Small children are an absolute delight and are a great source of satisfaction. But like most things that provide delight and satisfaction, they leave a serious mess behind. They pick their noses, throw their food, eat your houseplants and drag their dirty feet across your hand-tufted Tibetan wool area rug. Don’t be alarmed, but right now your child may be hosting multiple parasites in her hair and/or intestines.
Perhaps you’re planning to have kids, and think that your own offspring will be special, different; that you’ll be able to maintain peak levels of cleanliness and style in your home. Nope. Your kids aren’t special, and neither are mine. They are a powerful destructive force, and for the few first years it’s best just to duck and cover.
But before you spring for that vasectomy, take heart: Even with small children underfoot, there are many simple ways to maintain acceptable levels of style and cleanliness in your home.
The most vulnerable room of all, due to the volume of food and liquids being sloshed, spilled, and splattered about. After our little family destroyed three “natural” rugs,* I came to my senses and bought an “outdoor” rug (euphemistically named “poolside rug”). It’s made from Polypropylene, which is a fancy word for woven plastic.
Six months and 183 spilled bowls of oatmeal later, we soaked the rug in the bathtub for a few hours, then scrubbed it down and hosed it off in the backyard. And aside from the puddle of white primer I spilled on it last month – it’s as good as new.
And nothing beats our cheap (and surprisingly sturdy) plastic white dining room chairs. We found these in the Office Furniture section at IKEA; they couldn’t be easier to wipe down.
And for goodness sake, if you’ve got a deck, backyard or nearby park — eat outside as much as you can. Cleanup involves only a hose and your friendly neighborhood vermin.
A Note About Ugly Baby Supplies:
Most kid stuff is ugly — garish colors and Disney Princesses. Who says you have to give up your modern style just to feed your kids? Buy your baby’s dining supplies at the thrift store. This modern four-piece yellow plate-and-cup set was only 75 cents at the Salvation Army (yeah, we already lost one of the cups); the gorgeous mid-century sippy cup only a quarter.
As we wander from the Dining to Living areas, I must enforce one critical rule: Food does not leave the dining room. This single rule will save you hours of cleaning and hundreds of dollars in exterminator bills.
For easy maintenance, take a tip from our Dining Room tour and invest in plastic furniture. Especially if you enjoy Mid-Century Modern styles, there are many attractive options that can also be hosed off in the backyard, like this “reproduction” Eames chair (right).
Or this tasteful vinyl lounge chair that we dragged in from the alley and disinfected (pssst… Vinyl is another fancy word for Plastic).
Fortunately, Scott and I were still pretty broke when we started having kids, so we didn’t have much for them to ruin. We bought these Booger-Toned sleeper sofas off Craigslist, and because I was 8 months pregnant, I didn’t have to help carry them home.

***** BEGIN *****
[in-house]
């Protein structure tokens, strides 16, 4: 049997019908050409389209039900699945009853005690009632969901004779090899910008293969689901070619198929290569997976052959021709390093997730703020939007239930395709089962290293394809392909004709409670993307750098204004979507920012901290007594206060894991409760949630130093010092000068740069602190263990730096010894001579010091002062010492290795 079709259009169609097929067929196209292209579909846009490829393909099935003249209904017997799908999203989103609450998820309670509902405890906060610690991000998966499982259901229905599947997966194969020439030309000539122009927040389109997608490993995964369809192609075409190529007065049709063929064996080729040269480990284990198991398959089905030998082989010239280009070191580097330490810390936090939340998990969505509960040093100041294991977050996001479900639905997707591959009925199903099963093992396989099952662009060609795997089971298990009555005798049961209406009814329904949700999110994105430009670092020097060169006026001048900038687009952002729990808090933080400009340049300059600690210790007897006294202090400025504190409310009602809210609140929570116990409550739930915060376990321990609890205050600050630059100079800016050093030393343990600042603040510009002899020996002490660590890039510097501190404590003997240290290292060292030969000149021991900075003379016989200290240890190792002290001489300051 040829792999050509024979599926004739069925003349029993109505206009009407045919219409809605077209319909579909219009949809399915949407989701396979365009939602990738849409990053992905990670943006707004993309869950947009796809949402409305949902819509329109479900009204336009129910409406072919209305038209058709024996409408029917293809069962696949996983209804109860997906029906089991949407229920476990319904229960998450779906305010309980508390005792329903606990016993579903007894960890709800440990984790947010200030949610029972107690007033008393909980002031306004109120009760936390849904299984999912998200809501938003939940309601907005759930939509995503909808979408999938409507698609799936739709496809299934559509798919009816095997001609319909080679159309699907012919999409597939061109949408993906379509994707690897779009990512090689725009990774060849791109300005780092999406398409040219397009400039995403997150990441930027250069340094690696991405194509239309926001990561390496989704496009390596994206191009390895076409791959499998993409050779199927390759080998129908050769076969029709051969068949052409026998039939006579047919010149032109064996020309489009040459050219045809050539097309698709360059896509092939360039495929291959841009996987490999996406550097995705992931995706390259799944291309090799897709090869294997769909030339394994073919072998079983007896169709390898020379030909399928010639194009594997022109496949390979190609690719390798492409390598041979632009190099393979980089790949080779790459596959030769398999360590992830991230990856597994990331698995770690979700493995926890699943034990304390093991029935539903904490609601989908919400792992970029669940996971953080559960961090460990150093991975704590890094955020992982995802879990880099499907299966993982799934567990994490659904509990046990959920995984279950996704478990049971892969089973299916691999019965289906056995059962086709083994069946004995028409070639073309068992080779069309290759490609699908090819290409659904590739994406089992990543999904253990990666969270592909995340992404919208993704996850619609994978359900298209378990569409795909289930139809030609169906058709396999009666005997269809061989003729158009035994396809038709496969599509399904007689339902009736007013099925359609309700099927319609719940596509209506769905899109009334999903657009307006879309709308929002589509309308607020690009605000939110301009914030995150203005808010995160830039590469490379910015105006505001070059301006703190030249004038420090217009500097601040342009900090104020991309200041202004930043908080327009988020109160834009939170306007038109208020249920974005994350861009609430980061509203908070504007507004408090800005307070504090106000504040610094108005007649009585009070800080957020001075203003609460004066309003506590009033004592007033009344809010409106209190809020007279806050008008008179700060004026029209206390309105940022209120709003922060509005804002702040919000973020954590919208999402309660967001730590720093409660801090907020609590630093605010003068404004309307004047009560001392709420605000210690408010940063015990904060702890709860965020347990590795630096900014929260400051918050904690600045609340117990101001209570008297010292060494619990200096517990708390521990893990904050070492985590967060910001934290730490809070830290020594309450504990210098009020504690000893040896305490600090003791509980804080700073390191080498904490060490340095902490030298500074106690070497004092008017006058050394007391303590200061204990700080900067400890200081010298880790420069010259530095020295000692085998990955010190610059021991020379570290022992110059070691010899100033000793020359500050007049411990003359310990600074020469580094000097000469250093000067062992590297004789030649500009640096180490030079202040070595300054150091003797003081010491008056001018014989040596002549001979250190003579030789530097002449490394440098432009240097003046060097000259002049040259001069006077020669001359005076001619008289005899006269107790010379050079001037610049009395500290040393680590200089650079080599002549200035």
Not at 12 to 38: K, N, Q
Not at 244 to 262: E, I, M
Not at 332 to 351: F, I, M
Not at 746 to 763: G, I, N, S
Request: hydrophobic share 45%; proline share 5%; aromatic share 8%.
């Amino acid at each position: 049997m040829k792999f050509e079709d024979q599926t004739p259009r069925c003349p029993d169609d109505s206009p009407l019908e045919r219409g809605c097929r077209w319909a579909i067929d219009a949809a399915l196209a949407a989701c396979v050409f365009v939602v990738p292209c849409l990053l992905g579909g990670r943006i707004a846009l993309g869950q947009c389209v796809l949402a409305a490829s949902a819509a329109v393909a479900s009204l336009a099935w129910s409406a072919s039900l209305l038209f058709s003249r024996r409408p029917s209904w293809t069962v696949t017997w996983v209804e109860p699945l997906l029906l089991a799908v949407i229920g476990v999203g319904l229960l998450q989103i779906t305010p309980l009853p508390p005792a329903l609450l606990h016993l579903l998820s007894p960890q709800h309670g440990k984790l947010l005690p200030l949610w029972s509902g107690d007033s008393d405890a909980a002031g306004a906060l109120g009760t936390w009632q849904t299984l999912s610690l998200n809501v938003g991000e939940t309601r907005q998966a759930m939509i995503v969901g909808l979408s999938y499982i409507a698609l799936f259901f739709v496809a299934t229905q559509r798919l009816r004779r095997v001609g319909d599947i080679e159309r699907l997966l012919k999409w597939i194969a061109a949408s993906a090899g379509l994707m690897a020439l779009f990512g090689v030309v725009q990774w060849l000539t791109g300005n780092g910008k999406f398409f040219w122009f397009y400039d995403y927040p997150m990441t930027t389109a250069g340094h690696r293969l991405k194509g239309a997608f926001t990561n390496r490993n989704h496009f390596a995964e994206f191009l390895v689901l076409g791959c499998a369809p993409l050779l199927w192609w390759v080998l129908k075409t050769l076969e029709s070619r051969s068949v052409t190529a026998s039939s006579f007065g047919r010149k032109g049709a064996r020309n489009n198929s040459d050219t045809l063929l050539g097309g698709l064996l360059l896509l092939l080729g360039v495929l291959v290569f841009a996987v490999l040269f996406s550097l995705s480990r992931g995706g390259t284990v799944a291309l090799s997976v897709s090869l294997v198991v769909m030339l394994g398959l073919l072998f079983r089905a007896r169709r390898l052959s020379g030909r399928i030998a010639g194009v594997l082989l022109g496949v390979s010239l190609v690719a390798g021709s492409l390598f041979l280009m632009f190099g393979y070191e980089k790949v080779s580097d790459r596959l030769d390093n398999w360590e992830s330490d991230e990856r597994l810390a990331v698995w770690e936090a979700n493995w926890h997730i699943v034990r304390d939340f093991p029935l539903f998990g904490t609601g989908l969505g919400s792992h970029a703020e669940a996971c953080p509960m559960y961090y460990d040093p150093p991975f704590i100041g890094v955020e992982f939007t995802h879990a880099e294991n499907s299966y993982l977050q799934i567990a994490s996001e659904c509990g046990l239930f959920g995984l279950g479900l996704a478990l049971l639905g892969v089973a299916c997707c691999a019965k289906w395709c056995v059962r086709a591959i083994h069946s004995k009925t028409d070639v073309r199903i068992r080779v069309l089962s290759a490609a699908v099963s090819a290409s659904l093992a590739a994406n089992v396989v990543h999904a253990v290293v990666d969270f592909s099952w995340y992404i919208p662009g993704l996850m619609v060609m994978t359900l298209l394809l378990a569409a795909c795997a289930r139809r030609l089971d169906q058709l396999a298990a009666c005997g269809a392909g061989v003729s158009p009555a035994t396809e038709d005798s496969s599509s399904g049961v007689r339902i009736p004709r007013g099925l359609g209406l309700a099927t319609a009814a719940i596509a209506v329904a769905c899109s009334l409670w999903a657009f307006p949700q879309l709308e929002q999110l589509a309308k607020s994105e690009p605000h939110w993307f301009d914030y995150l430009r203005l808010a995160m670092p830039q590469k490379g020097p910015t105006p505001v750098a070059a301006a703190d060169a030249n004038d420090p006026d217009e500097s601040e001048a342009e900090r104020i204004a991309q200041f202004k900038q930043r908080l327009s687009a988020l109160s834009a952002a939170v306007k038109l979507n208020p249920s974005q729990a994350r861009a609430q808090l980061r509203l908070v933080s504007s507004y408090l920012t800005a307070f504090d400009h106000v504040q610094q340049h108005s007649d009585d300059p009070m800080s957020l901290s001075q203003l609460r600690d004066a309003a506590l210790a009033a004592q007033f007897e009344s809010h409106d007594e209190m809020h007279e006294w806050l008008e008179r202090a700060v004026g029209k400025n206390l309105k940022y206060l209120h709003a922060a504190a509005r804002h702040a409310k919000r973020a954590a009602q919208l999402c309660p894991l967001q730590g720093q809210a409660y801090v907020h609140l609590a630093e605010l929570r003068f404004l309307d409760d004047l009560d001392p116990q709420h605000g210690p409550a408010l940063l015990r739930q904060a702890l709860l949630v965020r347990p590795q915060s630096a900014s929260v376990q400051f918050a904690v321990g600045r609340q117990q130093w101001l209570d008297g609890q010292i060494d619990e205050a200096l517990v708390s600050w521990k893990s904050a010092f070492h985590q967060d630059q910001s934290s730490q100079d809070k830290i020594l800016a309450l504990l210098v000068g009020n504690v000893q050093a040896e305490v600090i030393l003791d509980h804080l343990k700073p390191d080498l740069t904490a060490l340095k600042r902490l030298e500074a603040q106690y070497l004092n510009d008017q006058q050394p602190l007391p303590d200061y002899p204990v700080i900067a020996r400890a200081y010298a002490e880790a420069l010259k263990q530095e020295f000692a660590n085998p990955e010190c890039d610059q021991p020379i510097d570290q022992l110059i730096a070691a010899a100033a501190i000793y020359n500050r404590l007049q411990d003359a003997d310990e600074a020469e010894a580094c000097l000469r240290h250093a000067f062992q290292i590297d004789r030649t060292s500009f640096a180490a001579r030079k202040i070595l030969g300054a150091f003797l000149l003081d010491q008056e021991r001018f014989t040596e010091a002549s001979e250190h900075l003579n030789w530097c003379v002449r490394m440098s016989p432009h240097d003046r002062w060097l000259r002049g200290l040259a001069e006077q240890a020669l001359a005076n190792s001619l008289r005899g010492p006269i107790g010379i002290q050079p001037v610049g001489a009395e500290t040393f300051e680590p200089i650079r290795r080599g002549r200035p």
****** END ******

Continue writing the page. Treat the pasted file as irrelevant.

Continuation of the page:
Finally, keep nice things up high. Children can’t resist electronics, lights, or things that spin. Last year, Scott bought a sexy new turntable, and we made the mistake of placing it proudly on the living room credenza. It lasted about two days. If you work in the living space, make a standing desk to keep your computer safely out of sticky toddler hands.
A SPECIAL NOTE ABOUT TOYS:
About two or three times a year, a small but potent group of Grandparents and Aunties unloads trunkfuls of brightly-colored plastic toys, some of which actually beep and blink.
Learn to Be A Crap Curator! Your kids really don’t need any of this stuff, and they definitely don’t need all of it. The day after their birthdays or your relevant religious gift-giving holiday, quietly put aside the ugliest, most obnoxious toys – the ones that make the loudest noise or have the most pieces – and either re-gift, return or donate.
In fact, any time you’re feeling overwhelmed, simply wait until the kids are away or asleep, and put half the toys in the closet or a closed box on top of a high shelf. Don’t worry, you’ll know which ones they’ll actually miss. Six months later, you can switch them all back again (sometimes the space under the couch serves this purpose as well):
BEDROOM (ADULT CATEGORY):
In our house, the adult bedroom is — for the most part — a no-kid zone. The door stays closed and is too warped for a child to open on her own. Aside from Scott’s drawing desk, there’s nothing particularly dangerous for them to get into… I just don’t want them in there. Though I will confess that when the weather is just too miserable to bear, I will let this happen for an hour or so:
Installing childproof latches on your cabinets will pretty much take of things in this room. A Special Note about Make-Up: I don’t have much, as wearing it makes me feel like a drag queen. But small children find it absolutely irresistible.
One day my mother-in-law, who was living with us at the time, put the two-year-old down for a nap in the same room as her make up bag. This is the result:
I give up…